One of my favorite financial stories involves a time I was giving a speech in Hong Kong. I was waiting backstage to go on when a tall, professional-looking lady approached me to introduce herself. She presented her business card. It said she was a managing director of Goldman Sachs and her “boss” would like to meet me. I thought to myself, Gee, if you’re an MD, I wonder who the boss is? So I agreed to the meeting, which took place in an out-of-the way spot after my speech.

The meeting went well. The boss turned out to be the head of global trading for Goldman Sachs. He wanted to pick my brain on China’s appetite for gold. We had a good chat and both agreed that China would be a huge gold buyer in the years ahead.

When we were almost done, I asked him, “Well, now I have a question for you. Your research department recently called for $1,000 gold. We agree that gold’s going higher. So what’s up with that call for lower gold?” He laughed and said, “Oh, that’s just our research department. Nobody pays attention to them.”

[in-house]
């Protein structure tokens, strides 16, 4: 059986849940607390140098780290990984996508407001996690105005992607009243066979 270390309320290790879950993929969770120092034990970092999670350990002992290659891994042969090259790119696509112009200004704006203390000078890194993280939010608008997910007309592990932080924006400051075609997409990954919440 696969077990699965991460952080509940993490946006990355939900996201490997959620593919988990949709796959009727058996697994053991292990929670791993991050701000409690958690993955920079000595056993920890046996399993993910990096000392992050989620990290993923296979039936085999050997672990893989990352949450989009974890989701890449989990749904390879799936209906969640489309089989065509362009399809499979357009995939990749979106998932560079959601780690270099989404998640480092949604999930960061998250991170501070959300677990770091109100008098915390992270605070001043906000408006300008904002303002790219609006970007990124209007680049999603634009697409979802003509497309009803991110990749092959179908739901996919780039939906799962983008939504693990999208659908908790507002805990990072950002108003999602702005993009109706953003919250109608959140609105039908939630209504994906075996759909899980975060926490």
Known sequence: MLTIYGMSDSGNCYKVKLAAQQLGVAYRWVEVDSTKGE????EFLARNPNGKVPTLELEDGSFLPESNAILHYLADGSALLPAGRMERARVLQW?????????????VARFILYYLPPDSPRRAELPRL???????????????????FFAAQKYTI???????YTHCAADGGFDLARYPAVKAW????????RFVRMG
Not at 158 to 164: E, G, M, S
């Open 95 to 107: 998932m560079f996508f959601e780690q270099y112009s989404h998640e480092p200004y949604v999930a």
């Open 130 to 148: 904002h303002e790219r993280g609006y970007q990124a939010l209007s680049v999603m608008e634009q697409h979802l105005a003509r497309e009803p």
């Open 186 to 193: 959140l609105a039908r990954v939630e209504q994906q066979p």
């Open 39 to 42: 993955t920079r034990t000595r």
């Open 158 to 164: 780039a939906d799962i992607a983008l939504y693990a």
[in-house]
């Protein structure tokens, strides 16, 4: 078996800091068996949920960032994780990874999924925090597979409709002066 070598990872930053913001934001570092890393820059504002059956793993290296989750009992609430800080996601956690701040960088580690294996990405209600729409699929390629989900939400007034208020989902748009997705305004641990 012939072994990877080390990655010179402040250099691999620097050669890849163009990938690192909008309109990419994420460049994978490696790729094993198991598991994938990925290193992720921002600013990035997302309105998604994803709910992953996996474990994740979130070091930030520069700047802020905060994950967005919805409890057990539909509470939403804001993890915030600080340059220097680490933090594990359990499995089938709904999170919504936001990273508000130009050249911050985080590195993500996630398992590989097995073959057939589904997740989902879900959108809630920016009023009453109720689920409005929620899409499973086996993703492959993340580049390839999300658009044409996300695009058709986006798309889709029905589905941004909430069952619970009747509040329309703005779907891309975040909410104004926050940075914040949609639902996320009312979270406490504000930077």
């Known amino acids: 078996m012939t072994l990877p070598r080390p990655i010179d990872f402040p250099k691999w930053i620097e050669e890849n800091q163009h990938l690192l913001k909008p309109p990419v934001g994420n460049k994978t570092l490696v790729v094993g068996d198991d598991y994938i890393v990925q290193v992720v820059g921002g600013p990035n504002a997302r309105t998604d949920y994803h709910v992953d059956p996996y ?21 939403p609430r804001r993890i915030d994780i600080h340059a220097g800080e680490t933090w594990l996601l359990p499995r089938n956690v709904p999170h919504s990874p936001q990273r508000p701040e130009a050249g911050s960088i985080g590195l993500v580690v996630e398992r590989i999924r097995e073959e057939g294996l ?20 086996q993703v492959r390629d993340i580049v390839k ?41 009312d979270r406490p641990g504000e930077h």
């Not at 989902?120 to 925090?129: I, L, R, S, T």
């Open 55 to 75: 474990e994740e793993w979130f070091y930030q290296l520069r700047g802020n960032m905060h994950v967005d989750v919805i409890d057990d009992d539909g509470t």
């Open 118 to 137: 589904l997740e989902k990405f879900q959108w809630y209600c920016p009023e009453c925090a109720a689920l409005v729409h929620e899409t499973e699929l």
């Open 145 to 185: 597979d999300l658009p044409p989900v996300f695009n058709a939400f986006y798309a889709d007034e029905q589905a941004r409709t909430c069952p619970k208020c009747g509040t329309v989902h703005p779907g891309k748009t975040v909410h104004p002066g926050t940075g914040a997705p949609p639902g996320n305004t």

Suddenly I got the joke. The Goldman research department is filled with ex-Fed economists using the same obsolete models the Fed uses and that I have criticized for years. That’s why their forecasts are usually off. But this article refers to a forecast that’s directionally correct yet has the wrong order of magnitude.

Goldman says the outlook for U.S. deficits and the national debt is “not good.” They are certainly right about that but have underestimated the problem. Goldman sees an increase in the U.S. deficit from $825 billion this year to $1.25 trillion by 2021. My forecast is for a $1 trillion deficit this year and $2 trillion by 2020.

So read this article closely. It’s full of bad news. But the real news is much worse.

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